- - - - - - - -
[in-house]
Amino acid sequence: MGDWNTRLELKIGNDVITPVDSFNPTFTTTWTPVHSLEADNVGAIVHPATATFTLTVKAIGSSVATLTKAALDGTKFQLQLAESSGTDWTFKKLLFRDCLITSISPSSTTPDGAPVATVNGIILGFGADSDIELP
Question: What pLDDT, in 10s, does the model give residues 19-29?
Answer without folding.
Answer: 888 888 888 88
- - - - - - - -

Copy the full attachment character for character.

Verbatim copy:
[in-house]
Amino acid sequence: MGDWNTRLELKIGNDVITPVDSFNPTFTTTWTPVHSLEADNVGAIVHPATATFTLTVKAIGSSVATLTKAALDGTKFQLQLAESSGTDWTFKKLLFRDCLITSISPSSTTPDGAPVATVNGIILGFGADSDIELP
Question: What pLDDT, in 10s, does the model give residues 19-29?
Answer without folding.
Answer: 888 888 888 88